Mobile service in India costs quite a bit less than in the developed world. In 2009, during a price war, most of the nation’s carriers cut voice call rates to half a paisa a second – with 100 paisa in a rupee, that’s roughly one-hundredth of a US cent per second, roughly one-fiftieth the price a caller might pay in Australia or Europe for the same service. And although the average Indian mobile user spends only US $3 a month on their mobile subscription, for a huge number of India’s most poor, that’s too much.
As is customary for mobile carriers globally, Indian customers pay nothing if their calls can not be completed, but the recipient of the call knows who had called – their mobile records the caller’s number. It didn’t take long for someone to figure out that this ‘missed calling’ could be used as kind of signalling.
Many years ago, when interstate calling was still very expensive in the United States, I remember visiting aunts and uncles making missed calls to our home phone, informing us they’d arrived home safely. A single ring (on the single household phone), then silence. It saved them a few dollars, and saved us all some worry. For as long as direct dialing has been available, people have been missing calls intentionally, signalling one another. One ring: safe. Two rings: call me. Three rings: emergency.
India went from very little wired infrastructure – one phone per hundred people – straight into hyperconnectivity. At least half of all Indians now own a mobile. But without a wired history, how did the practice of missed-call signalling develop? Someone might have invented it on their own, but more likely it came via a visitor from a country where missed-call signalling was already commonplace. As soon missed call signalling is practiced in front of someone else, it is understood, and begins to replicate. When a behavior is practiced on the network, it replicates quickly and broadly, soon becoming pervasive.
Human beings are excellent imitators. From our birth we imitate everyone around us, beginning with learning how to talk – an inconceivable feat of intellectual accomplishment, listening to and imitating our parents and older siblings. We learn so fast because we imitate one another so well. Wired for mimesis – imitation – we embody ‘monkey see, monkey do’.
If imitation has any boundaries, we haven’t found them. Harvard researcher Dr. Nicholas Christakis has spent the last decade studying how behaviors spread through our relationships. First, Christakis learned that tobacco smoking (and the decision to quit smoking) follows from our social connections. The more smokers we are in relation with, the more likely we are to smoke ourselves. The more of our friends decide to quit, the more likely it is that we, too, will stop.
More than just like finding like, Christakis showed that these behaviors actively spread through our connections. One person deciding to smoke makes it more likely their connections will smoke. One person deciding to quit makes it more likely others will follow. Christakis then found that this also characterized obesity: you are more likely to be obese if your connections are with the obese, and more likely to go on a diet if those around you have made that decision.
Our capacity to imitate one another so well makes us peculiarly susceptible to the actions of others. Everyone has heard a lecture on good behavior from their mothers that culminates with, “If everyone else jumped off a cliff, would you?” The answer, as it turns out, is probably yes. Our innate desire to imitate one another will even wrestle against the drive for self-preservation: we know that smoking and obesity are bad for us, but, under the influence of our connections – peer pressure – we surrender.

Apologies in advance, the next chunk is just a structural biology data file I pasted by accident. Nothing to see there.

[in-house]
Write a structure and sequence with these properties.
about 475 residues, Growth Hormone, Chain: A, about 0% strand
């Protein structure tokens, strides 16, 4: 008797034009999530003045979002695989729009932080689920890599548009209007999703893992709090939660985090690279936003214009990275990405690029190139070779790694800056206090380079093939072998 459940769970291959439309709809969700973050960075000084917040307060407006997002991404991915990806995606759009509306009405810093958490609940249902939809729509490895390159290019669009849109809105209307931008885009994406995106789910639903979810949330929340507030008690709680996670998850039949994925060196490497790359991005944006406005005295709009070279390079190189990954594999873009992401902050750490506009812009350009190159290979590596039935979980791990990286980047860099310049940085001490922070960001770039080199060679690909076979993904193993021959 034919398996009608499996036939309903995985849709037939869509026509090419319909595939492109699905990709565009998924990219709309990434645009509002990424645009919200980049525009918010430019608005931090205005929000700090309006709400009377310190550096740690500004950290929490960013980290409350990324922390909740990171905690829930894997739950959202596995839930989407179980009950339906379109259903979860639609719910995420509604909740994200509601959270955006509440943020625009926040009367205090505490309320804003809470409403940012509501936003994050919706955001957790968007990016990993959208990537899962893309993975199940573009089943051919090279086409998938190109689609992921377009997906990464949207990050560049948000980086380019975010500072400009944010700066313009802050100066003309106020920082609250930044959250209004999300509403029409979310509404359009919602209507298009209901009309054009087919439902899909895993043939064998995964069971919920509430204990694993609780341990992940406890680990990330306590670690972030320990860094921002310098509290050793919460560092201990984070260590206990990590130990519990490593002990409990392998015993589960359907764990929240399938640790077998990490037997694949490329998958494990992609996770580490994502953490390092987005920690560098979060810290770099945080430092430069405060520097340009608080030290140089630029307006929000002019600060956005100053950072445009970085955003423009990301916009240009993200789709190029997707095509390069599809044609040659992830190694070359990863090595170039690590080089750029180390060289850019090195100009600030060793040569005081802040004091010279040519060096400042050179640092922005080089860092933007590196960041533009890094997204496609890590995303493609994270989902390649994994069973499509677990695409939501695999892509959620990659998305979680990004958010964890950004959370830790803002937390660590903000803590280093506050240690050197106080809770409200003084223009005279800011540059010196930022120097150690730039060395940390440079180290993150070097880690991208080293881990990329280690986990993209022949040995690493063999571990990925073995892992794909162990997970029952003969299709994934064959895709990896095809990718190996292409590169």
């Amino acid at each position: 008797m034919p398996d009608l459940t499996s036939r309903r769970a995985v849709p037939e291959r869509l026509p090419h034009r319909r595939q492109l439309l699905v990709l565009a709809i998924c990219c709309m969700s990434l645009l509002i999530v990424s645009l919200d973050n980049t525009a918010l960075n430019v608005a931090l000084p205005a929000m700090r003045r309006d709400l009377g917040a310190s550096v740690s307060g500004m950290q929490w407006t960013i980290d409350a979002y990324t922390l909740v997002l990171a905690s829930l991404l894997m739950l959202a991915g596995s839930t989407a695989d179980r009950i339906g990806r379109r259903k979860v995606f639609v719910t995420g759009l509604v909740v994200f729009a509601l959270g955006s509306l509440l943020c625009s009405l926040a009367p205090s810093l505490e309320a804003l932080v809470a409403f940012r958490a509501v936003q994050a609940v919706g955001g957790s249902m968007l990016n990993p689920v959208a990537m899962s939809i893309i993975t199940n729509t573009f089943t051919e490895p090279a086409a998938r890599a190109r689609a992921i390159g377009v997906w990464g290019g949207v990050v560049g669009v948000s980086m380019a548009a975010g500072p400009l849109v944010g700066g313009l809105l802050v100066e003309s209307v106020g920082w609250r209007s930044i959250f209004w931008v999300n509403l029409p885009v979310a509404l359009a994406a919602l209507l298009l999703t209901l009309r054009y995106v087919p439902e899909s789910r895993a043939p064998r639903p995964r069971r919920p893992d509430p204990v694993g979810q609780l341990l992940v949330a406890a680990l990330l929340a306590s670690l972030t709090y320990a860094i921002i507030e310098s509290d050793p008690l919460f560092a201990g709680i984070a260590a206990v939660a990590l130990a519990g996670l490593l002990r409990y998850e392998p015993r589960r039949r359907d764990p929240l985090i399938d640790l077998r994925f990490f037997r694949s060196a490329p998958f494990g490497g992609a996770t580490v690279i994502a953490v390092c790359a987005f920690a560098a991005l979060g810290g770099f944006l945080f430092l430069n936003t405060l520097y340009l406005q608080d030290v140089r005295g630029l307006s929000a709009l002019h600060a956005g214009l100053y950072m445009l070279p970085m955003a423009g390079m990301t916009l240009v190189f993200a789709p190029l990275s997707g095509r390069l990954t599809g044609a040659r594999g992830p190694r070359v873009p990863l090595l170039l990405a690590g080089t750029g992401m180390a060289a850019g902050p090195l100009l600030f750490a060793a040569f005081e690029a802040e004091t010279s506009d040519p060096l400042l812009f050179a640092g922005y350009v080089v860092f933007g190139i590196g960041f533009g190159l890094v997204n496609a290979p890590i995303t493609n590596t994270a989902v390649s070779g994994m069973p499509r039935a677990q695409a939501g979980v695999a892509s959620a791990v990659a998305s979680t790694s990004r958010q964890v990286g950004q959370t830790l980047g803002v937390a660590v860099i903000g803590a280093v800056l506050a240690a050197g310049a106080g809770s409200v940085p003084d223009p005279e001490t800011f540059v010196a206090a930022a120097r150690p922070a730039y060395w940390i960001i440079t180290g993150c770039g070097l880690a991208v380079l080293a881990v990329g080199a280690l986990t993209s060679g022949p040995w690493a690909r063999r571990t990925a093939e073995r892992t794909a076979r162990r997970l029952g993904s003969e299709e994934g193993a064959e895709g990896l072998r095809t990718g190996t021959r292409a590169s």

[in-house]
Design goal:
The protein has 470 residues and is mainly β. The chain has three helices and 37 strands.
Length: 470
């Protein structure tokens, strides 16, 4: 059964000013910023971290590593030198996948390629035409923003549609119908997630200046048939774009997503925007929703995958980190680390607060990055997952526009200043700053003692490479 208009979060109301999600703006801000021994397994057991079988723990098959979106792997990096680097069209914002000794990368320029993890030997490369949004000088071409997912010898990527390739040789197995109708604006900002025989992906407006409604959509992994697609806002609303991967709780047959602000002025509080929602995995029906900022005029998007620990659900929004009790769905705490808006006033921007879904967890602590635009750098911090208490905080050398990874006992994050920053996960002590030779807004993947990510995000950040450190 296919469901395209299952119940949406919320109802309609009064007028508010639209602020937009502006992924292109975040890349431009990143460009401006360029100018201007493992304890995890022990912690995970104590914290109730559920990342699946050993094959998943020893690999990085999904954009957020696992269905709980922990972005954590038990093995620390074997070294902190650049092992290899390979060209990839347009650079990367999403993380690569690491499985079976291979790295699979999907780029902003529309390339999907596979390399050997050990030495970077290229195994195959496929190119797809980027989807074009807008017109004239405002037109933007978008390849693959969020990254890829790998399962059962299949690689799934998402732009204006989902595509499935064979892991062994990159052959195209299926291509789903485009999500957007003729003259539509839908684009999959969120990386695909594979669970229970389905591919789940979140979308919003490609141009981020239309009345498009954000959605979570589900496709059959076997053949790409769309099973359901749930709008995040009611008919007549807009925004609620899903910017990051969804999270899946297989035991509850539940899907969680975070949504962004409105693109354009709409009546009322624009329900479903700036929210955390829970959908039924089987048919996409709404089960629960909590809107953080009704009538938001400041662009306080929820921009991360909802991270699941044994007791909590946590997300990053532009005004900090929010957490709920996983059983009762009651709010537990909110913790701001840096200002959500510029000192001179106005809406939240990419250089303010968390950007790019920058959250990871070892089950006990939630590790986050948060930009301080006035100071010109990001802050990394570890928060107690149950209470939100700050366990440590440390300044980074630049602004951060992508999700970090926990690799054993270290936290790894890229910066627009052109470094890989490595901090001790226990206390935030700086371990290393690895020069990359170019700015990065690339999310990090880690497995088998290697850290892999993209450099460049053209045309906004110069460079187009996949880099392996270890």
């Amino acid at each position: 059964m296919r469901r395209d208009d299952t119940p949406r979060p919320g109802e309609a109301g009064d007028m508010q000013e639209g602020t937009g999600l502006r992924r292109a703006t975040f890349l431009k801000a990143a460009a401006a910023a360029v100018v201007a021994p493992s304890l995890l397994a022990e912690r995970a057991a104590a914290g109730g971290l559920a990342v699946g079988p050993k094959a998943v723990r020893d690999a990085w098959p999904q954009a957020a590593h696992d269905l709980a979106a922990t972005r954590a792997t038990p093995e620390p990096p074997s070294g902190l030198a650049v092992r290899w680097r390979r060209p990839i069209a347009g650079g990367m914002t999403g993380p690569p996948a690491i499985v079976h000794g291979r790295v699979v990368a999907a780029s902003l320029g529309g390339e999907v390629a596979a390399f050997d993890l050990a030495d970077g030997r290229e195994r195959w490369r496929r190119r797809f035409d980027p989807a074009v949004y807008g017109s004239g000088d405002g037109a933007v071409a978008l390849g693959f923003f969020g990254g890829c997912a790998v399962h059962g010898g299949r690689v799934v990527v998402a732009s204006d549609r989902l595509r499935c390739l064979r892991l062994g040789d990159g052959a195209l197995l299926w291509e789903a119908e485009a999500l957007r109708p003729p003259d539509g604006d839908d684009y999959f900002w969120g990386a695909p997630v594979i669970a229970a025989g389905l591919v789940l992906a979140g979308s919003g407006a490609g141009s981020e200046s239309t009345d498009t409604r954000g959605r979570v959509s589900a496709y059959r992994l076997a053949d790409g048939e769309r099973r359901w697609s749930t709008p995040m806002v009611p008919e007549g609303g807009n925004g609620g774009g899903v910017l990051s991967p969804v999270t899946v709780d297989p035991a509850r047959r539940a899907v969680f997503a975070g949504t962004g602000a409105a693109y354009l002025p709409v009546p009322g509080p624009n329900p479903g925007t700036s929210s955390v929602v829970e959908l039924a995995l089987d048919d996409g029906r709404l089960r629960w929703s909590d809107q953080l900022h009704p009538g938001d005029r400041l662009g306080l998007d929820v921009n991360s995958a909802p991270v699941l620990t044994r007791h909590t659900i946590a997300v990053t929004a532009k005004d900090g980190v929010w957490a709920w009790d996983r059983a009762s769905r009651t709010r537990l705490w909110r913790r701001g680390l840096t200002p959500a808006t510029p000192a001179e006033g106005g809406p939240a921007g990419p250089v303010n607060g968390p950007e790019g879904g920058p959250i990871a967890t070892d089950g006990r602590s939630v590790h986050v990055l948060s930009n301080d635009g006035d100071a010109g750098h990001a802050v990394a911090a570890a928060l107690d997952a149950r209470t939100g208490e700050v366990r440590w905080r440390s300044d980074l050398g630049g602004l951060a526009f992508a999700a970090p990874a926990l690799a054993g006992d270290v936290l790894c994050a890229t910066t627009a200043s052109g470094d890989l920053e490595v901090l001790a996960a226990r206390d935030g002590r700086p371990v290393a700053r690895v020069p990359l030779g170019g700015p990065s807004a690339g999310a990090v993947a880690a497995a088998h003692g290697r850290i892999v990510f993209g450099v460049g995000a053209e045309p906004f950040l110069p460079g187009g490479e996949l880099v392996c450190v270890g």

It does deeper. Studies have also revealed that divorce spreads through our connections. If a couple you’re connected to breaks up, your marriage is in greater peril. Why is this? Does a close-to-home divorce get couples thinking about the dissatisfactions of marriage? Or is it simply a desire to imitate one’s friends, in sickness and in health?
Seen in this light, our connections have an almost epidemiological quality, acting as carriers for diseases of the body (obesity) and heart (divorce) which can infect us and leave us changed. Parents and mentors warned us to ‘be careful who you hang out with’; it’s common knowledge that maintaining connections with ‘the wrong crowd’ can be ruinous. Now we understand why. We are in each other’s heads, the best and worst parts of us always leaking out, or leaking in.
As we research how behaviors spread through the human network, we may attempt to medicalize our connections, creating a cordon sanitaire for ourselves and our children, places beyond the reach of these socially-transmitted diseases. This reaction – typified in the growing number of gated communities – only moves the threat, but never removes it. When you pick your friends, your colleagues, and your neighbors, you adopt their minds.
Humans have always been a colony organism, moving in sync together. The closer our connections, the closer our minds. Half a billion seconds ago, those connections, limited by speed and proximity, gave infections-of-the-mind a natural range. They could not spread quickly, nor very widely. Hyperconnected and disseminated at lightspeed, behaviors now go from unknown to ubiquitous in a few days. Half a billion seconds from now, it will all happen in a matter of seconds.
Some behaviors – such as missed-call signalling – become immediately pervasive because they offer an improvement in connectivity, spreading through hypermimesis. Demonstration of a behavior over the network allows billions to observe and imitate that behavior. Every improvement in our connectivity (text messaging and missed-call signalling are but two among many) also improves our ability to imitate one another, via the network. Showing is doing, and doing, showing.